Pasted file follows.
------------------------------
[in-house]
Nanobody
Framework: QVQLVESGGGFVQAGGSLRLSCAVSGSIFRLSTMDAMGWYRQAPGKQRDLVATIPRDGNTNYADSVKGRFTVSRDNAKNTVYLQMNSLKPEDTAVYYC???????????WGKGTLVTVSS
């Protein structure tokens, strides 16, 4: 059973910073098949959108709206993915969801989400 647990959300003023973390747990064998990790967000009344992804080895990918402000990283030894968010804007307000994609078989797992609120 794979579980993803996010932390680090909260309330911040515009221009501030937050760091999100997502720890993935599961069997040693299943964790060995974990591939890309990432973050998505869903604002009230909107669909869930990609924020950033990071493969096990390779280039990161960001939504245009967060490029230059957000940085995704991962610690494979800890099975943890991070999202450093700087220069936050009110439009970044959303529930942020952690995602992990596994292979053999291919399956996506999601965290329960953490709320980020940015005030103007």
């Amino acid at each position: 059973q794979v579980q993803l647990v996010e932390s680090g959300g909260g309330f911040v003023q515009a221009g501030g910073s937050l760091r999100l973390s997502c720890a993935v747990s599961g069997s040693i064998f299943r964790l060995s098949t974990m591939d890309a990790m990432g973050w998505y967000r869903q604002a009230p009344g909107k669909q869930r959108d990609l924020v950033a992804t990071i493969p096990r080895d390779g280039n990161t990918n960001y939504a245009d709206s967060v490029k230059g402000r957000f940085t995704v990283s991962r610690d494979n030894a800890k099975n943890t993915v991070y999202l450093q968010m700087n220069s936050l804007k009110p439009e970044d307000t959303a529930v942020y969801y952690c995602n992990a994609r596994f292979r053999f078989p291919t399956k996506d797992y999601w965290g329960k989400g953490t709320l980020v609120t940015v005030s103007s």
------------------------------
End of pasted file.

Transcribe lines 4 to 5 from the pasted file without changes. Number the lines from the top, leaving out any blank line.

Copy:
């Protein structure tokens, strides 16, 4: 059973910073098949959108709206993915969801989400 647990959300003023973390747990064998990790967000009344992804080895990918402000990283030894968010804007307000994609078989797992609120 794979579980993803996010932390680090909260309330911040515009221009501030937050760091999100997502720890993935599961069997040693299943964790060995974990591939890309990432973050998505869903604002009230909107669909869930990609924020950033990071493969096990390779280039990161960001939504245009967060490029230059957000940085995704991962610690494979800890099975943890991070999202450093700087220069936050009110439009970044959303529930942020952690995602992990596994292979053999291919399956996506999601965290329960953490709320980020940015005030103007």
């Amino acid at each position: 059973q794979v579980q993803l647990v996010e932390s680090g959300g909260g309330f911040v003023q515009a221009g501030g910073s937050l760091r999100l973390s997502c720890a993935v747990s599961g069997s040693i064998f299943r964790l060995s098949t974990m591939d890309a990790m990432g973050w998505y967000r869903q604002a009230p009344g909107k669909q869930r959108d990609l924020v950033a992804t990071i493969p096990r080895d390779g280039n990161t990918n960001y939504a245009d709206s967060v490029k230059g402000r957000f940085t995704v990283s991962r610690d494979n030894a800890k099975n943890t993915v991070y999202l450093q968010m700087n220069s936050l804007k009110p439009e970044d307000t959303a529930v942020y969801y952690c995602n992990a994609r596994f292979r053999f078989p291919t399956k996506d797992y999601w965290g329960k989400g953490t709320l980020v609120t940015v005030s103007s």